“So I think it was great by him and the rest of the coaching staff to have that trust. It’s on us to hold up our end of the bargain and not get that third foul.”

[RELATED: Zaza 'got a little bit emotional' when Kerr told Warriors about chronic pain]

Green, by the way, didn’t pick up his third foul until the fourth quarter. That was long after he played such ridiculously good third-quarter defense -- 0 points while posting a plus-12 over 12 minutes -- that the Warriors wiped out a double-digit deficit.

Brown has learned to trust the player, just as Kerr trusts his players. It’s standard operation for this bunch, and Brown, a three-time NBA head coach, has seen enough not to deviate.

“The group, as a whole, understands what he wants,” Brown said of Kerr. “It makes it easy for a guy like me to just be a part.”

This is Kerr’s team, and Brown knows it. Brown wasn’t hired to coach the Warriors, and nobody understands this better than he. He wasn’t asked to come in and lay groundwork, to put his stamp on the roster or the playbook or video presentation or determine franchise direction.

His job, for as long as he is acting head coach, is to maintain status quo. And, maybe, if circumstances call for it, consider a wrinkle every now and then, as he would if he were standing next to Kerr.

Keep in mind that Kerr, who attended morning shootaround ahead of Game 4 Monday night, is not walking away. Though he does not plan to be on the bench for a while, he’ll continue to prepare and get into the ears of players and staff.

So this is not a crisis for the Warriors. Though they’d like to get Kerr back as soon as possible, they also believe the system he has built has tremendous self-sustaining qualities.

Brown has been around the game, seen enough organizations, to know this is about as good as it gets.

NBA Gameday: Durant remains questionable for Game 4

NBA Gameday: Durant remains questionable for Game 4

Programming note: Warriors-Blazers Game 4 coverage starts tonight at 6:30pm with Warriors Pregame Live on NBC Sports Bay Area, and streaming live right here.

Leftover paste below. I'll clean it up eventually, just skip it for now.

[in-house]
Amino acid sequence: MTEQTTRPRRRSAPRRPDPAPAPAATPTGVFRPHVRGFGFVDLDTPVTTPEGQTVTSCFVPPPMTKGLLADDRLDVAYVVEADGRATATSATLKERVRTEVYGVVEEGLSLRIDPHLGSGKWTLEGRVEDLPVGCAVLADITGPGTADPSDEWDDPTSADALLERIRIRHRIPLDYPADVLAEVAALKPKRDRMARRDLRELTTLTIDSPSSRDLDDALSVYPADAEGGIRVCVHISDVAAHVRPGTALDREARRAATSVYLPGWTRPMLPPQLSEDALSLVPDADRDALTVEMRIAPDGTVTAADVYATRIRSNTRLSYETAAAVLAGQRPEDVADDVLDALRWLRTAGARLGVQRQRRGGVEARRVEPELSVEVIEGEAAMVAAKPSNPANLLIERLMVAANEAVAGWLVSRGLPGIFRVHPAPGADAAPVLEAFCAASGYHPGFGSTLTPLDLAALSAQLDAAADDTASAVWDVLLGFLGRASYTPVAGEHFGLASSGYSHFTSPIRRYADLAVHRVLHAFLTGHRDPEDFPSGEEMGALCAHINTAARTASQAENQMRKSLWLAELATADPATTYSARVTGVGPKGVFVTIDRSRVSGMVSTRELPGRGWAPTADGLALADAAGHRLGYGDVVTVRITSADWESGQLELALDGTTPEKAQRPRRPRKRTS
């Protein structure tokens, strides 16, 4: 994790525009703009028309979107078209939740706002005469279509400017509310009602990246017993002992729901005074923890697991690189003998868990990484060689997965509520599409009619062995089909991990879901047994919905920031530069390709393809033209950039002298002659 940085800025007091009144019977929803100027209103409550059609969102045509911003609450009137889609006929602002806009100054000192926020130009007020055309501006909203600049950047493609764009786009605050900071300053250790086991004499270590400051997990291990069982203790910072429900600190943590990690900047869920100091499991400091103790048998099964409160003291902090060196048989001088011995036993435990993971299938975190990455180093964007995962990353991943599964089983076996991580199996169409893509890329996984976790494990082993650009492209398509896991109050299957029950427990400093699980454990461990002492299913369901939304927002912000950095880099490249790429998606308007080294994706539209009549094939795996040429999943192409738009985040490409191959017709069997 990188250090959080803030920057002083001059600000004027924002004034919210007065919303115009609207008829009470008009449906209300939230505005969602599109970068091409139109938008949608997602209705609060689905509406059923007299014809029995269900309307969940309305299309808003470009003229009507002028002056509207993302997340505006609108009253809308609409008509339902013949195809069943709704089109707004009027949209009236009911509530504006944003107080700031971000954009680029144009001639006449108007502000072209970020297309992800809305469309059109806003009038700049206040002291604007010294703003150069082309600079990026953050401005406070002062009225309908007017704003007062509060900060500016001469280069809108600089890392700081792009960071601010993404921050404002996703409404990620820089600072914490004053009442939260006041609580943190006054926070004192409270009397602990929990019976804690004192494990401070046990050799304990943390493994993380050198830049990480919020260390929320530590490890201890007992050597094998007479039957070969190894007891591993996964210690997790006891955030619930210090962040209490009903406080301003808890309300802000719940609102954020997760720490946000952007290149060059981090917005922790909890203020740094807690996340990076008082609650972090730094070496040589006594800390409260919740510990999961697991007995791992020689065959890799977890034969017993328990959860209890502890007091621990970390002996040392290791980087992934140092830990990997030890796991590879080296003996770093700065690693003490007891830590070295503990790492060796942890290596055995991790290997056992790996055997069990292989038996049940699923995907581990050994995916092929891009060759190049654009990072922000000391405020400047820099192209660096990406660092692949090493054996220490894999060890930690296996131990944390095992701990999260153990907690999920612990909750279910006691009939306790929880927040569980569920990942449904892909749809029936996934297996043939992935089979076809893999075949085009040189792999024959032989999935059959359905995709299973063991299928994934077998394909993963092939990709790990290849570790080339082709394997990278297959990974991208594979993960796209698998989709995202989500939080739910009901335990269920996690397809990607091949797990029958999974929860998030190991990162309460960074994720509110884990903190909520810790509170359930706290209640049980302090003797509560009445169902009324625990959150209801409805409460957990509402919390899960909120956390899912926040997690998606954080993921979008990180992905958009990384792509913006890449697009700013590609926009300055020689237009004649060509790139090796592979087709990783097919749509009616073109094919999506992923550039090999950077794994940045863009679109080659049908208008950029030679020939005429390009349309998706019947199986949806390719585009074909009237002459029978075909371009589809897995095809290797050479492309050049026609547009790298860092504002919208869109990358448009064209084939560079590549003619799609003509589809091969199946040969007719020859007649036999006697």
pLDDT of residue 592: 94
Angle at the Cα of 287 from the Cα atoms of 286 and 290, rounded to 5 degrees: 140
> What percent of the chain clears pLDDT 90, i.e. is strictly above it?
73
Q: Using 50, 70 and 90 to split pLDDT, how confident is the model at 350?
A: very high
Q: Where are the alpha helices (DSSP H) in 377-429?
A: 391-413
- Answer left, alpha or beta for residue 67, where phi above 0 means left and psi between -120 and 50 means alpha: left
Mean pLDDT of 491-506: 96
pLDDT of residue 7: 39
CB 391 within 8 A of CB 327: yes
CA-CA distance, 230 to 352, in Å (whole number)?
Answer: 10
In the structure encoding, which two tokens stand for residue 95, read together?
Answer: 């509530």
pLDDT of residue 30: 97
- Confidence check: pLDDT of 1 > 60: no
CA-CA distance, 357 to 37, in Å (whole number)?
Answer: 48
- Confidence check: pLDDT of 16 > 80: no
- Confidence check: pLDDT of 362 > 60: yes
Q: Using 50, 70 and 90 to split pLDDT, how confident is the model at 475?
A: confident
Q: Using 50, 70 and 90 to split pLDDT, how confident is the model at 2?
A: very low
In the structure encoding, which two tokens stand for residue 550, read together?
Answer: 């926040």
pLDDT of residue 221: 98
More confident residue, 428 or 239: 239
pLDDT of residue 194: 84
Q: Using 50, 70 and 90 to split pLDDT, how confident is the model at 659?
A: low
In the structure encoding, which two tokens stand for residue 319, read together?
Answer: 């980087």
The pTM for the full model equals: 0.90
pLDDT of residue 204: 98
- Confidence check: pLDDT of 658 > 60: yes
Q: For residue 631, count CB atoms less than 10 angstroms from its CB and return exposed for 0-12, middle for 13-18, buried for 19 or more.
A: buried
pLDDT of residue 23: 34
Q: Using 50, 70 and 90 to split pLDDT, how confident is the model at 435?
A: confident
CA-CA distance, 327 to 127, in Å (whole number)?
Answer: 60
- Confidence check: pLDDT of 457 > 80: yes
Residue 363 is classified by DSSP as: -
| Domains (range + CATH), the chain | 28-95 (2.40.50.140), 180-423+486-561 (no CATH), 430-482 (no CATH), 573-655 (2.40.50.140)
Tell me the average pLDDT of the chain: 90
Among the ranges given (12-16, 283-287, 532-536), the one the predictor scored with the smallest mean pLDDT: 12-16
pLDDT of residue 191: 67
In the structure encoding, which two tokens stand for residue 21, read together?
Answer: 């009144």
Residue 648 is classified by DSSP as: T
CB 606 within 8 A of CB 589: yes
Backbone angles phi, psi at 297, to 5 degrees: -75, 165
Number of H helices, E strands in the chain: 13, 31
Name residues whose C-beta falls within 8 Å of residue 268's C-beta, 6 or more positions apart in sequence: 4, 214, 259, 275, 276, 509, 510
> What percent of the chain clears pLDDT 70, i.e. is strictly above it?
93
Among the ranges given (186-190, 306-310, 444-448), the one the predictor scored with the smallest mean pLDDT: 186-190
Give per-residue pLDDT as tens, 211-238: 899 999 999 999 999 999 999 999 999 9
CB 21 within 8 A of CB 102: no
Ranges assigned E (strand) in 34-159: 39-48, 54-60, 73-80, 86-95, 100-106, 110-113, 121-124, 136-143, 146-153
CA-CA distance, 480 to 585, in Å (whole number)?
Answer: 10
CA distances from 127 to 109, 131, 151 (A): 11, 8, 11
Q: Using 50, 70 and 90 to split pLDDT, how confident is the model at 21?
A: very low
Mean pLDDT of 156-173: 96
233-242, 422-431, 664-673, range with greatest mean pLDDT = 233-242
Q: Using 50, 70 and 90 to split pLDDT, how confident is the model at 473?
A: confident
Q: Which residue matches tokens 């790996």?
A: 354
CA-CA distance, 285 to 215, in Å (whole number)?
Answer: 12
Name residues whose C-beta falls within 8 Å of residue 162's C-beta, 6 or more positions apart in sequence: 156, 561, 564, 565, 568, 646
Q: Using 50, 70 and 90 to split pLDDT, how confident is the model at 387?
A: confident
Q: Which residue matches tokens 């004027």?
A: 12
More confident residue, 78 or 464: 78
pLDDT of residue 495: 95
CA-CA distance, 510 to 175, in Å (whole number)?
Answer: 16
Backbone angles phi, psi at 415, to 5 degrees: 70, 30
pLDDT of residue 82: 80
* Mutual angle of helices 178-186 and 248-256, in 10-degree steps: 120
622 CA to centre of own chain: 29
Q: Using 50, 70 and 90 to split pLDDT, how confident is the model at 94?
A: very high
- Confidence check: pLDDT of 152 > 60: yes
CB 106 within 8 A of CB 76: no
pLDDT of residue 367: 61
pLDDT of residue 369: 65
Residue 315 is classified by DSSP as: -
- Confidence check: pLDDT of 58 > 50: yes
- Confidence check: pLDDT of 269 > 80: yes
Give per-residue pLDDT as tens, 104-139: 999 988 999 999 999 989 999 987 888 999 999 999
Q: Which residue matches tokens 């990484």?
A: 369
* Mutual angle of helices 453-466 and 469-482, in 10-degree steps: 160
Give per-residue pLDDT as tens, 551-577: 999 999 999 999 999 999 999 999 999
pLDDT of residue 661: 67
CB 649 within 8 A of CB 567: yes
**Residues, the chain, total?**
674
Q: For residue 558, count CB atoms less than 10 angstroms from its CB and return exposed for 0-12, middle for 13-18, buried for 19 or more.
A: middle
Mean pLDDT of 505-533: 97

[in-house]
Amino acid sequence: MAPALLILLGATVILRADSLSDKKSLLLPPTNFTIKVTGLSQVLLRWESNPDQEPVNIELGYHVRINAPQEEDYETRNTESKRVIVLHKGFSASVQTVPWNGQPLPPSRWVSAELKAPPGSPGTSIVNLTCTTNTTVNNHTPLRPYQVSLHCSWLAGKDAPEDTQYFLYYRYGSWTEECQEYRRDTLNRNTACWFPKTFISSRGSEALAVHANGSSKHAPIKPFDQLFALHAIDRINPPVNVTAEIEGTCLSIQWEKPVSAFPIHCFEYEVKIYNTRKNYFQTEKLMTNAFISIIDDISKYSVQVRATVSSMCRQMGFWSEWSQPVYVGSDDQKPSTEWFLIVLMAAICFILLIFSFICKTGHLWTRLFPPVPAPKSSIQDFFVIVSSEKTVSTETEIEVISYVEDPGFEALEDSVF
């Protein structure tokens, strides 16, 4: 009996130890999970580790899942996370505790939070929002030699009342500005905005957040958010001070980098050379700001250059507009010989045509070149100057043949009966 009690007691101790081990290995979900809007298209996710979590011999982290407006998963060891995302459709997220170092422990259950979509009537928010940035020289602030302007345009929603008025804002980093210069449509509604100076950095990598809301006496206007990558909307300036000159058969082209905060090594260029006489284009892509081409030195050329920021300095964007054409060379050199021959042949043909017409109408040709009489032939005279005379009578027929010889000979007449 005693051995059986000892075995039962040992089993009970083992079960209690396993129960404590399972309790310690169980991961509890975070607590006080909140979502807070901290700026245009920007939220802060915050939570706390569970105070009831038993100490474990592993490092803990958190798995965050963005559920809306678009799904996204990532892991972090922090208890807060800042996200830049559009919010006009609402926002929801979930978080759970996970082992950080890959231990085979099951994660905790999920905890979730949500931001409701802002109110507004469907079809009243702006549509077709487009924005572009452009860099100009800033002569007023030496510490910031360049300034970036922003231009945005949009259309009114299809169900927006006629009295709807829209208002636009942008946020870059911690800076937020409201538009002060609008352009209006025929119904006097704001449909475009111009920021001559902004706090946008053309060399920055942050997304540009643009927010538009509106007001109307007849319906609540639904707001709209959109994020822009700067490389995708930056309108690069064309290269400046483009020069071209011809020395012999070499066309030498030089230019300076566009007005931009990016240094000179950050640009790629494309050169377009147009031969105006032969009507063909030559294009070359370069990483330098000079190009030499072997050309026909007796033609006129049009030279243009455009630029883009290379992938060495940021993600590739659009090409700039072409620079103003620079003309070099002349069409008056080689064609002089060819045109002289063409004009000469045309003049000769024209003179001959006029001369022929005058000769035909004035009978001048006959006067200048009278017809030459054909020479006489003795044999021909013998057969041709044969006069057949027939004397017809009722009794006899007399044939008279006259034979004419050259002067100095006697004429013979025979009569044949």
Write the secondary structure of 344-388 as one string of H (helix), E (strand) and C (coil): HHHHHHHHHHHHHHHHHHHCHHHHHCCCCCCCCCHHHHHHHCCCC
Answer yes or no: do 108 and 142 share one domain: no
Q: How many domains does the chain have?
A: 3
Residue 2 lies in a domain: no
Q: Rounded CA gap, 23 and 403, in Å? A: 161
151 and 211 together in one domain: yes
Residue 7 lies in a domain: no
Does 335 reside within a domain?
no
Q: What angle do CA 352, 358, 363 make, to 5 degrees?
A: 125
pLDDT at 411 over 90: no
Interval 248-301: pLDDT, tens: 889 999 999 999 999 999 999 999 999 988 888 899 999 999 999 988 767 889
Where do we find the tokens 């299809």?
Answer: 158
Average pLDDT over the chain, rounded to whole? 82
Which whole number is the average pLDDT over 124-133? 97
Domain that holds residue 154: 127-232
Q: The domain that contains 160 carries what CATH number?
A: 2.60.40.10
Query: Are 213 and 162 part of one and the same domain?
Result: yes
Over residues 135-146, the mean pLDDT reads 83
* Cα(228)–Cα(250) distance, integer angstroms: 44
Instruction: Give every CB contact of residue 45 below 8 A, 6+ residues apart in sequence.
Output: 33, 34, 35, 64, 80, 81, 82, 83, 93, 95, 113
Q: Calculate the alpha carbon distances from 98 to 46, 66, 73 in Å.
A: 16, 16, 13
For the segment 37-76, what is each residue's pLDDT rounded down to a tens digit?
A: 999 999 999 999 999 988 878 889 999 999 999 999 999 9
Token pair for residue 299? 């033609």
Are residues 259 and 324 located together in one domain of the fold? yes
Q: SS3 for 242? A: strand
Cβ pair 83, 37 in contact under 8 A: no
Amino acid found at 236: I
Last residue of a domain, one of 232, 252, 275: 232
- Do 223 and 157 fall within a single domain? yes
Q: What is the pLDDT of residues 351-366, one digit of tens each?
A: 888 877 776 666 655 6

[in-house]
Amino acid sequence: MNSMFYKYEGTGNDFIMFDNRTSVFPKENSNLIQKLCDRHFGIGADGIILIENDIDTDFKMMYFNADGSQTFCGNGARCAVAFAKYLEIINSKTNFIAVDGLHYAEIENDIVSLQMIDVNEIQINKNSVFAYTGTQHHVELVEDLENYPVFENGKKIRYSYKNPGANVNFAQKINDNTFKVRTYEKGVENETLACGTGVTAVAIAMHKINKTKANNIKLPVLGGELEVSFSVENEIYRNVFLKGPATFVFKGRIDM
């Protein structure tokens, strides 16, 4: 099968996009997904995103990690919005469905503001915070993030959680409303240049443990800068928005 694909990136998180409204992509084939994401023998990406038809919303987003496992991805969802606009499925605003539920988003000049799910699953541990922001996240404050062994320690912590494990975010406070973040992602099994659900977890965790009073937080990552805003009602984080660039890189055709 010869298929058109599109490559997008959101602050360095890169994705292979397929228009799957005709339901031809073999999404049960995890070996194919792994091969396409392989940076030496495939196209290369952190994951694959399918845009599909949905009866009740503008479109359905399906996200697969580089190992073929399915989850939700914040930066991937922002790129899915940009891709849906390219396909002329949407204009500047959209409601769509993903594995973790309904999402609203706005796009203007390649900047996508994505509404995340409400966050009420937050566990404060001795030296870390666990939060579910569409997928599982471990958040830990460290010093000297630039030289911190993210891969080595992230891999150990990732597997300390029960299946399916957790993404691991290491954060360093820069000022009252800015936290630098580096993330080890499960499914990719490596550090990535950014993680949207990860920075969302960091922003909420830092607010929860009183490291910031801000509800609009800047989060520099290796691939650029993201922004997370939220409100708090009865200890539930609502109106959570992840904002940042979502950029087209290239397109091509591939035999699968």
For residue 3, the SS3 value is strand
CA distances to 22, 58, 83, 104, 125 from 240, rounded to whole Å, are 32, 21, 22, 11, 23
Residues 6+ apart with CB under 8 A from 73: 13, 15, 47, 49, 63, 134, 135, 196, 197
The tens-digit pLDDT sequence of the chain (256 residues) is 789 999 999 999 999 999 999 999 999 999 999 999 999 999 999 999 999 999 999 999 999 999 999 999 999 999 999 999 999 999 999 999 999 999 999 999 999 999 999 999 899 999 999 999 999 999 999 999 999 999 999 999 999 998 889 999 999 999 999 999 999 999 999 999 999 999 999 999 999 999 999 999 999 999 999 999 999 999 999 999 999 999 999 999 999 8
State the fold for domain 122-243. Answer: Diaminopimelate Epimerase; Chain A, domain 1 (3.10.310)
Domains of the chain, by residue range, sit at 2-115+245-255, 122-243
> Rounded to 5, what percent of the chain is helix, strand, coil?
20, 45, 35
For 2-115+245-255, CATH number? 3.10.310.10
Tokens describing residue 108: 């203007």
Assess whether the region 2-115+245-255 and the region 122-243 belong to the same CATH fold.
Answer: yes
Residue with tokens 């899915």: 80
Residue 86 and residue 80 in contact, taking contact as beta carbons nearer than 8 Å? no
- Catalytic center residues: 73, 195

PORTLAND -- The Warriors are one victory away from advancing to the second round of the playoffs.

After snapping a five-game losing streak in Game 3s behind acting head coach Mike Brown on Saturday, the Warriors will go after a first-round sweep Monday night, when they face the Trail Blazers in Game 4 at Monday night at Moda Center.

The Warriors have won the first three games by an average of 15.7 points.

Facing what some players referred to as a must-win situation in Game 3, Portland took the inspirational approach, turning to center Jusuf Nurkic, who missed Games 1 and 2 with a fractured leg. He played 17 mostly ineffective minutes and already has been ruled out of Game 4.


Warriors by 7.5


Stephen Curry and Klay Thompson vs. Damian Lillard and CJ McCollum: Any chance they Blazers have of fighting off a sweep lies with Lillard and McCollum. It has become evident through the first three games that they can’t just be good. They have to be vastly superior to Curry and Thompson. That’s an exceedingly tall order considering the Warriors are aiming to close out the series.


Warriors: F Matt Barnes (R foot/ankle bone bruise), F Kevin Durant (L calf strain) and G Shaun Livingston (R index finger sprain and hand contusion) are listed as questionable. F Kevon Looney (L hip strain) is listed as out.

Blazers: G Allen Crabbe (L foot soreness) and G CJ McCollum (R ankle sprain) are listed as probable. C Jusuf Nurkic (L leg fracture) C Ed Davis (L shoulder surgery), C Festus Ezeli (L knee surgery) and C Jusuf Nurkic (R leg fracture) are listed as out.


The Warriors own a 3-0 lead in the series and swept all four games in the regular season. Including the 2016 playoffs, they have won 13 of the last 14 games.


SPLASH TIME: Curry and Thompson have struggled with their shots for the majority of the series. Both warmed up in Game 3, Thompson in the third quarter and Curry in the fourth, examples of finding the range when it’s time to finish off an opponent. The Warriors would love to see 3-pointers splashing through the nets.

THE BENCHES: The Warriors, behind McGee, have won the bench scoring battle in each of the first three games by double digits. Portland’s most dangerous reserve, guard Allen Crabbe, has scored 15 points in three games. Unless he gets it going, there will be no Game 5.

JAVALE TIME: No non-star on either roster has made more of an impact than Warriors backup big man JaVale McGee. He’s shooting 84.2 percent (16-of-19) from the field and having his way inside. The Blazers have no answer for the 7-footer.